Interesting numbers have a mathematical property that makes them handy in a certain way. For programming, these numbers present useful binary patterns that may be obvious in hexadecimal but meaningless in decimal. For non-programmers and non-mathematicians, interesting numbers offer visual patterns that most likely have no useful application beyond their look.

For this month’s Exercise, the challenge is to write code that loops from 100 to 1000 and outputs the values 111, 222, 333, 444, 555, 666, 777, 888, and 999.

For my first attempt, I chose to use character comparisons. Each value is passed to the *interesting()* function, where it’s converted to a string. Each character in the string is compared with each other and if they all match, the function returns 1 (TRUE):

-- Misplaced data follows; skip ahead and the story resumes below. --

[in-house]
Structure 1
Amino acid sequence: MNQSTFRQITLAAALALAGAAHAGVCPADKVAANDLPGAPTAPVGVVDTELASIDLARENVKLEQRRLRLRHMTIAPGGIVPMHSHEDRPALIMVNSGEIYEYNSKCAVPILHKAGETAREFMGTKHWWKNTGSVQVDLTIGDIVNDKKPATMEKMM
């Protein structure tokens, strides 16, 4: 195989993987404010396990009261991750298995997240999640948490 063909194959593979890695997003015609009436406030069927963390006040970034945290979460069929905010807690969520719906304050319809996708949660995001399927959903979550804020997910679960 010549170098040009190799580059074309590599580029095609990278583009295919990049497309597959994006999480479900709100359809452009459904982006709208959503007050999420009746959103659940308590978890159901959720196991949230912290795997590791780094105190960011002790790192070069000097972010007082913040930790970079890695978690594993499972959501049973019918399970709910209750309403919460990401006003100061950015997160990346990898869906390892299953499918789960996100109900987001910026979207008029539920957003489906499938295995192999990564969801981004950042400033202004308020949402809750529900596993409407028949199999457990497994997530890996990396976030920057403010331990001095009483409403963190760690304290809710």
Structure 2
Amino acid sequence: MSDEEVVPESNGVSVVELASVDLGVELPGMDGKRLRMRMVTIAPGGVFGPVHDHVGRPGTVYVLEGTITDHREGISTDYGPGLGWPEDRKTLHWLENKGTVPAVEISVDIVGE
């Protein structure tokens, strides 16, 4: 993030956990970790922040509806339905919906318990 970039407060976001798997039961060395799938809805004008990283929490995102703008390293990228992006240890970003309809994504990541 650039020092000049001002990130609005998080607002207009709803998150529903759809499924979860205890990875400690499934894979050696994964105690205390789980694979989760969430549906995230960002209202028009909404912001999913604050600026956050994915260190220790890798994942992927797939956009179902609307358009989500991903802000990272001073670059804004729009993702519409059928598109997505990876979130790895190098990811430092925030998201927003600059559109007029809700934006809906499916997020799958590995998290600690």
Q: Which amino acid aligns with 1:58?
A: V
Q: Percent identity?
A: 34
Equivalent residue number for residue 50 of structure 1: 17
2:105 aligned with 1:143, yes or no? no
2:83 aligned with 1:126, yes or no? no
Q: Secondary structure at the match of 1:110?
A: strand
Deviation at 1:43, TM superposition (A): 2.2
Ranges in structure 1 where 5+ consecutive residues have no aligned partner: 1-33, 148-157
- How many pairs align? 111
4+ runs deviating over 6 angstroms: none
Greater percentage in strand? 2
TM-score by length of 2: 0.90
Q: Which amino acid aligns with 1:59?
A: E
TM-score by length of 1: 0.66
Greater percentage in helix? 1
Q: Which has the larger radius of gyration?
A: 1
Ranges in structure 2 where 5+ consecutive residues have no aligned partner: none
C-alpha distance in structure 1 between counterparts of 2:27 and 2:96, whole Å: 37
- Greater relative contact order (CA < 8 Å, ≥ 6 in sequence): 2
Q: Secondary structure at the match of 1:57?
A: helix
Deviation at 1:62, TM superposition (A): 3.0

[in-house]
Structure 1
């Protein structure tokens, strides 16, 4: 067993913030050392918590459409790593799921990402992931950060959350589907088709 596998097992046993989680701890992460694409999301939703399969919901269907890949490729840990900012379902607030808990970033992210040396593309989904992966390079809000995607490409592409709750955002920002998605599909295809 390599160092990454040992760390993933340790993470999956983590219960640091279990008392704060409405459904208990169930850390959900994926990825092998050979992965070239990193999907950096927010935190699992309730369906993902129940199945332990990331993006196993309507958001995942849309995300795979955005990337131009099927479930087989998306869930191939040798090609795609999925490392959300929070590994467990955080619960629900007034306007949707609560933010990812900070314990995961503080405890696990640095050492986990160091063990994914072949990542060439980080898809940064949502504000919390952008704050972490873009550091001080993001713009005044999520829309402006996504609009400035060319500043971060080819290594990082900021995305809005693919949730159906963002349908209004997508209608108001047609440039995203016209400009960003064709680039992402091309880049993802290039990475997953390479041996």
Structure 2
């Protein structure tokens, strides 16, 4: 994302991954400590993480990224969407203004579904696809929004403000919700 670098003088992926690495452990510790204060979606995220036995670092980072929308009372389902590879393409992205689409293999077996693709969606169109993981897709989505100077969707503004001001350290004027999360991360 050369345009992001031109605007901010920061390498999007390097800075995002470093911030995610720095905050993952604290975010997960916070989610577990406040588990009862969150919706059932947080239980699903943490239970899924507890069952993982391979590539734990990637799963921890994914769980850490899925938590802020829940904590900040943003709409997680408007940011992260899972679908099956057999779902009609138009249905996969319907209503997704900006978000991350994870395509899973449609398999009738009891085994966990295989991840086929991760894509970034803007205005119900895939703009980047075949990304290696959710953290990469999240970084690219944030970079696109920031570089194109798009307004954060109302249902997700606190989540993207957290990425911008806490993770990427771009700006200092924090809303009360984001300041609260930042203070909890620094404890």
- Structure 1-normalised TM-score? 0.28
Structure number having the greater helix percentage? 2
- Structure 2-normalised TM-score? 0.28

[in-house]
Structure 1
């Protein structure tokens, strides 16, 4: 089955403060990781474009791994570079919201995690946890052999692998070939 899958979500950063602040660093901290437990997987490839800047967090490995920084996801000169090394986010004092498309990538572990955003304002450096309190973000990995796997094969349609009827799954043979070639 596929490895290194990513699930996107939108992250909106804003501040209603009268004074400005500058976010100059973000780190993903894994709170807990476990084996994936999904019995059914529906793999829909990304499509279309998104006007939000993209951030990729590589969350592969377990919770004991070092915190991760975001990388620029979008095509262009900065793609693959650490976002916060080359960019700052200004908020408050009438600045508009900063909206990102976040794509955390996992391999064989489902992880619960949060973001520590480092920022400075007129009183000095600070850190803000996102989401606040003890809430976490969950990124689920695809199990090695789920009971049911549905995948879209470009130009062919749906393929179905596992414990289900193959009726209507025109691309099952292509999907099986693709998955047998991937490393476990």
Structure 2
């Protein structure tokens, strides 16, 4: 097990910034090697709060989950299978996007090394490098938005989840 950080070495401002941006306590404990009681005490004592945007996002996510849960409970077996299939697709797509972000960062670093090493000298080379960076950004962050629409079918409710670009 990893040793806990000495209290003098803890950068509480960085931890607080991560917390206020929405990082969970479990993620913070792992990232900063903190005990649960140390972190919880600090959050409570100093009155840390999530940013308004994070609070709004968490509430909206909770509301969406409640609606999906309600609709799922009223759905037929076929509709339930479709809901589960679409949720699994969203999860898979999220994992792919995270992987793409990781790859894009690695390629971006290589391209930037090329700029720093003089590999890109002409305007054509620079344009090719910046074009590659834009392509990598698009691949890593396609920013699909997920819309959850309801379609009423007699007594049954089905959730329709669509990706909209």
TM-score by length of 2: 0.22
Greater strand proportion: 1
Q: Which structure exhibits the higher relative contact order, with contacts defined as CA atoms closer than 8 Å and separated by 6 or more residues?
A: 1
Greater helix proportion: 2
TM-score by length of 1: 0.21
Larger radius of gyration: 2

int interesting(int v) { char buffer[4]; sprintf(buffer,"%d",v); if( buffer[0]==buffer[1] && buffer[1]==buffer[2] ) return(1); else return(0); }

By the way, the *sprintf()* function in this solution is considered unsafe because the buffer can hold only three characters. For my solution, no value larger than 3 characters is passed, so it works. In the wild, however, values must be checked for overflow.

My second solution uses math, so it’s straightforward:

#include <stdio.h> int main() { int x; for(x=100;x<1000;x++) { if( (x % 111) == 0 ) printf("%d is interesting\n",x); } return(0); }

When `x % 111`

is equal to zero, the number contains three of the same digits and that value is output. Simple.

Click here to view the full source code for my first solution on Github.

The second solution is shown above, but you can click here to view it on Github as well.

I hope you devised an interesting solution to the puzzle, which I confess is a rather simple challenge. In the larger programming picture, however, pattern-matching is a worthy field of study with various interesting applications.